US ASEAN Summit in New York – Gut Check Time

By Ernest Z. Bower, Senior Adviser and Director, CSIS Southeast Asia Program

The 2nd US ASEAN Summit in New York on September 24 is an important meeting but there are questions regarding who will attend.   President Susilio Bambang Yudhoyono (SBY) of Indonesia, the incoming chair of ASEAN, hasn’t confirmed his attendance yet.   Vietnam is still considering whether President Nguyen Minh Triet, who as head of government traditionally represents his country at the United Nations or Prime Minister Nguyen Tan Dung will attend.  Press reports from Bangkok have misreported that Prime Minister Abhisit Vejjajiva is uncertain about attending – we understand he is confirmed, as are all the remaining heads of government from ASEAN except the Burmese who have opted to send their Foreign Minister — no surprise given the threat enhanced sanctions on Burmese leaders and the UN moving toward a Commission of Inquiry (COI) for crimes against humanity.

The real issue is SBY’s decision.  He has the power to send a strong signal to his fellow ASEAN leaders, the United States and all of Asia.  Should he decide to pass up President Barack Obama’s invitation to join the Summit in New York, there will be serious questions about where US-ASEAN relations are heading.  The trajectory coming into New York looks very positive, building on a strong foundation and strengthening links between the US and ASEAN head of key meetings this Fall including the East Asia Summit and the ASEAN Defense Minister Meeting + 8 (ADMM) in Vietnam, the G-20 Summit in Seoul and the APEC Summit in Yokohama.  Substantively, US ASEAN ties are sound and would remain so even if SBY doesn’t attend, but the signal of not attending has the potential to do real damage over time.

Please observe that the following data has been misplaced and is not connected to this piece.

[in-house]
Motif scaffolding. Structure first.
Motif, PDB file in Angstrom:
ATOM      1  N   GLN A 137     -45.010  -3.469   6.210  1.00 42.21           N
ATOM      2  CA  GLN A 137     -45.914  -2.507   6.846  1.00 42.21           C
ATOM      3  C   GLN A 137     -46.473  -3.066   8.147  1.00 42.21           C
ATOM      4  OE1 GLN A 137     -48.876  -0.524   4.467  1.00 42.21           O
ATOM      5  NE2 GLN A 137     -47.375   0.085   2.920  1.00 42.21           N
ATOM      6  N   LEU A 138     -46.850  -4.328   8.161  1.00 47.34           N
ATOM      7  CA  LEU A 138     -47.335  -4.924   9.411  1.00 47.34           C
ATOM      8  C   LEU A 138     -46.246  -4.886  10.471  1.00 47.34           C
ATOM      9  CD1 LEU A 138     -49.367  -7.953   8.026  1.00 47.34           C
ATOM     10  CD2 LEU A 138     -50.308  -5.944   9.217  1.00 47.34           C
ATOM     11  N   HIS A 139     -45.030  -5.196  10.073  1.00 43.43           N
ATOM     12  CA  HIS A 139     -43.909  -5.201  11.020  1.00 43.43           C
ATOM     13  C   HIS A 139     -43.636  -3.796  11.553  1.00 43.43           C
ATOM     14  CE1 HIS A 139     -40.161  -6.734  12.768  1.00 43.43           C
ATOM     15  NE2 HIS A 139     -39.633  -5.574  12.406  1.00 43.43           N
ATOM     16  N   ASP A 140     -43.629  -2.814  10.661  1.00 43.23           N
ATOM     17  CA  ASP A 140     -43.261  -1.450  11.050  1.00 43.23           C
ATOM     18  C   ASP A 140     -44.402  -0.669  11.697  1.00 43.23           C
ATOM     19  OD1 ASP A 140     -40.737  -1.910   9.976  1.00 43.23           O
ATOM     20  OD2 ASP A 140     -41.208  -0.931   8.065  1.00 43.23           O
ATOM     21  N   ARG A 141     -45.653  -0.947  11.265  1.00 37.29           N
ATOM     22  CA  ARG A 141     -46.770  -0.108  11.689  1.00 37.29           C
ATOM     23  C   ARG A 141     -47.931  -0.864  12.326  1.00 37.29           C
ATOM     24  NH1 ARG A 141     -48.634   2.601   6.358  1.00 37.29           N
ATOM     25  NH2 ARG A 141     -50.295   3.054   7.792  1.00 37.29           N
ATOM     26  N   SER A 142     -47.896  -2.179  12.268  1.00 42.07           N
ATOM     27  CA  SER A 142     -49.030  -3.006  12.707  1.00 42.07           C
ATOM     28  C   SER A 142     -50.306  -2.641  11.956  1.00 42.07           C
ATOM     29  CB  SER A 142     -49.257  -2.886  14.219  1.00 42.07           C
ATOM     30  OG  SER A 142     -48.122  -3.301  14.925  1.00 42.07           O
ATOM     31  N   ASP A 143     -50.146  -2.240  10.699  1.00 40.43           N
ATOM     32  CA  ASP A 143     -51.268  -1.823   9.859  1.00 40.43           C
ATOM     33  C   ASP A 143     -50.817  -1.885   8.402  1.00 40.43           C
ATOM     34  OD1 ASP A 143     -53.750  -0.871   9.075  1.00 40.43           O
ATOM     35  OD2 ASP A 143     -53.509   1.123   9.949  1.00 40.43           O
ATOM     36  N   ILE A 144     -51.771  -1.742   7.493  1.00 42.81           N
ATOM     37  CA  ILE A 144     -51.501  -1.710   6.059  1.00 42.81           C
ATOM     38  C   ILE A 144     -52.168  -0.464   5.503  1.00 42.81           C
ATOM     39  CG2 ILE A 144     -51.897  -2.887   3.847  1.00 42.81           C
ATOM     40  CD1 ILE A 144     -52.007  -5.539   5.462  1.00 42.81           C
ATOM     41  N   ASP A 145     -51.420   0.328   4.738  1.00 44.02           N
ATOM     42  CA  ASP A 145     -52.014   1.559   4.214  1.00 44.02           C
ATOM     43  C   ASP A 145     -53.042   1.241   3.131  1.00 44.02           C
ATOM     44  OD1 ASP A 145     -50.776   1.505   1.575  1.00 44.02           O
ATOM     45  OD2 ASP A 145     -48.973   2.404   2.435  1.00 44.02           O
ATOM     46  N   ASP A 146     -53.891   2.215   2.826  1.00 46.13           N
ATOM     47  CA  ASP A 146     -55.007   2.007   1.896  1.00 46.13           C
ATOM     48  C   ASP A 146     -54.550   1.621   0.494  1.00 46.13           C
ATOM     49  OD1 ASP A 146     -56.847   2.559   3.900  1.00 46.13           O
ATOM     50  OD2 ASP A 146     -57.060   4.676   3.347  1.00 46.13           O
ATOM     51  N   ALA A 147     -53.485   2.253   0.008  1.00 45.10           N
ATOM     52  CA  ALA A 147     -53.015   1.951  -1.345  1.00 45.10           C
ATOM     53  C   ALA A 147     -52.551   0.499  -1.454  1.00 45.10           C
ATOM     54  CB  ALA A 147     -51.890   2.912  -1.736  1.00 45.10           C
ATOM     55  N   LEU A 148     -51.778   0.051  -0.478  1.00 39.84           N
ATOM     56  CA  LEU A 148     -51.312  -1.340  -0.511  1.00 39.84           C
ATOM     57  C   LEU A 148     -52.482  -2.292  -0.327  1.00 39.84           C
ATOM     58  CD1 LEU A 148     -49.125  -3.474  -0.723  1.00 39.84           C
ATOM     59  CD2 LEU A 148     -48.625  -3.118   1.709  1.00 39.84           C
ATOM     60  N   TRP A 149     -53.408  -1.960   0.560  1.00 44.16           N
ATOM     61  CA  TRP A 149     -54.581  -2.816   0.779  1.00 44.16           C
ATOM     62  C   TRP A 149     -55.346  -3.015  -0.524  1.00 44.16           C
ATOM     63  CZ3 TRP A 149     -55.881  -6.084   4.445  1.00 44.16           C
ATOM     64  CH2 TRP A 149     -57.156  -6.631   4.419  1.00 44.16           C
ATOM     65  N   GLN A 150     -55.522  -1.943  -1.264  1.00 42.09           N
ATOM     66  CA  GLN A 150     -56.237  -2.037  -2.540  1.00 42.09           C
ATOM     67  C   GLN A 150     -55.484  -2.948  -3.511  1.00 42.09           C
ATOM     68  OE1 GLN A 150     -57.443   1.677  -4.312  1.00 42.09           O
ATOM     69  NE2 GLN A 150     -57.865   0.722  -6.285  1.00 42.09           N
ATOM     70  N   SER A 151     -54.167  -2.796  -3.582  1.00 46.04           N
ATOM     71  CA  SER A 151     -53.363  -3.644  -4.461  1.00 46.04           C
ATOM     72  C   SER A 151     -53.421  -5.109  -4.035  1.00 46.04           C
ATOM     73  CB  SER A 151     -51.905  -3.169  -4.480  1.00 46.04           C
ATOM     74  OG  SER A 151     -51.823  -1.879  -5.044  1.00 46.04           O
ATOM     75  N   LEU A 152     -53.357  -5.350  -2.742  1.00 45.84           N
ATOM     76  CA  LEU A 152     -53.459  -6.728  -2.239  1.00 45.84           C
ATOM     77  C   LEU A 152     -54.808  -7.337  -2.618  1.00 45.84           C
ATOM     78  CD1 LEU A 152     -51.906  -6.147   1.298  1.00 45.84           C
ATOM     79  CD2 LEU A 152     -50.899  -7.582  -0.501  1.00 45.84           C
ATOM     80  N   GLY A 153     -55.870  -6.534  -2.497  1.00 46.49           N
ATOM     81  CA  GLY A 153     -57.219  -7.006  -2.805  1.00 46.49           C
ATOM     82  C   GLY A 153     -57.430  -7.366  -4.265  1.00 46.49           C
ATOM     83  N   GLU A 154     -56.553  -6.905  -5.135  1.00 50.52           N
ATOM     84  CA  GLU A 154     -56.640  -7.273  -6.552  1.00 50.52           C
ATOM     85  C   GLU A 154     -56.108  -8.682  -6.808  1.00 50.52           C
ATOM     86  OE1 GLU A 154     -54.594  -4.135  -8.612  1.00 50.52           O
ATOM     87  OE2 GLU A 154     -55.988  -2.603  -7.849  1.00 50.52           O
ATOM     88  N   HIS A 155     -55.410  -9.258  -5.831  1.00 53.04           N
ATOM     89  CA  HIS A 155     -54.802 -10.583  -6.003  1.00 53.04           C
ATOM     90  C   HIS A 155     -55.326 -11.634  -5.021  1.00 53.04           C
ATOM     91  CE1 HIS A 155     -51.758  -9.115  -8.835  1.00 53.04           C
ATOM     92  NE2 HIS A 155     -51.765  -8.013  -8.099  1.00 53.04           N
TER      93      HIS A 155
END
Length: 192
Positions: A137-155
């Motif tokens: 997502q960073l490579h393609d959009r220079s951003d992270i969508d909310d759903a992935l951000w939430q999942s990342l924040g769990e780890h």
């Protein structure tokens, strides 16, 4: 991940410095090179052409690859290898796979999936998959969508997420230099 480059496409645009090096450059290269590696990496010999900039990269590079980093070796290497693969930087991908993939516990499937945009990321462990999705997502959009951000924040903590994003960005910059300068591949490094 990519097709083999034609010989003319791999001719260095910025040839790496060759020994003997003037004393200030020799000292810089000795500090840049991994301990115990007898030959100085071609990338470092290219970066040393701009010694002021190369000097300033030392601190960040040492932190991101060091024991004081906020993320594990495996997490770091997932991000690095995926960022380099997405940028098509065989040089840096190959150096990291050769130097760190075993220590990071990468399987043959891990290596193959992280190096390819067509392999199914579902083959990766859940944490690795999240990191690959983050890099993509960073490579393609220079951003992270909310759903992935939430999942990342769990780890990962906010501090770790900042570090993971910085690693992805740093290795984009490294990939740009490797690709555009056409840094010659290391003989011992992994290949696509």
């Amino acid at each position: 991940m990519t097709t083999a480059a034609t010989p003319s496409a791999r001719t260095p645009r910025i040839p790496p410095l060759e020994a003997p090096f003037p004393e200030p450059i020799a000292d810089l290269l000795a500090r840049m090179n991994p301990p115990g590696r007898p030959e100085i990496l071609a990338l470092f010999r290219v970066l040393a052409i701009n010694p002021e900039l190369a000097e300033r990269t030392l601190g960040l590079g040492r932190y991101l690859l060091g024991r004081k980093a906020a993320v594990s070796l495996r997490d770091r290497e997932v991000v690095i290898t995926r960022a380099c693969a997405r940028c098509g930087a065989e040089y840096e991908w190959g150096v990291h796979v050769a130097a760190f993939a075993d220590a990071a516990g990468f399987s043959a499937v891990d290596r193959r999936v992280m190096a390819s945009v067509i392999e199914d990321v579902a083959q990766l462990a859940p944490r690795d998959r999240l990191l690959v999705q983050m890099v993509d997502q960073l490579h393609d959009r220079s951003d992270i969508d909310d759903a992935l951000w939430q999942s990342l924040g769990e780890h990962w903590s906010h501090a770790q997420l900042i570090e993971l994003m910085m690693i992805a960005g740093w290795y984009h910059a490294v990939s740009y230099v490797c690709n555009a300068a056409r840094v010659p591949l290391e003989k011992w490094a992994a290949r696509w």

A strong US ASEAN foundation is vital as the region steps into new regional security and trade architecture.  The table is set, and it is very important for Indonesia to demonstrate leadership.  Every effort should be made to ensure SBY makes the trip to New York, including direct intervention by other leaders, especially President Obama.  A call to Jakarta would be helpful.  The truth is that a personal touch is due.  President Obama has had every intention to visit Indonesia, but has been frustrated by schedule and domestic politics three times.  Additionally, it is true that the White House was not able to make a decision on date and venue for the Summit until recently, giving ASEAN leaders short notice for such a major trip.  The ASEAN heads of government had already scheduled a visit to Europe in early October for the Asia Europe Summit (ASEM), so the invitation requires an additional overseas trip to kick off an already packed second half of 2010. ASEAN may be disappointed too, that the Summit is being held in New York instead of Washington, D.C.

Still, the opportunity to institutionalize the US ASEAN Summit and hold the meeting on American soil within a year of the inaugural summit make the trip worth the effort.  There are real issues to discuss including headliners such as security and trade, and getting alignment on these and other issues.  Relationships take commitment and energy on both sides.  Exploring the implications of holding a Summit without SBY or postponing the Summit should be a sobering proposition to all the leaders involved.  Here’s to everyone doing what is needed to make the meeting work.  It is  gut check time for the US ASEAN relationship as we approach September 24 in New York.


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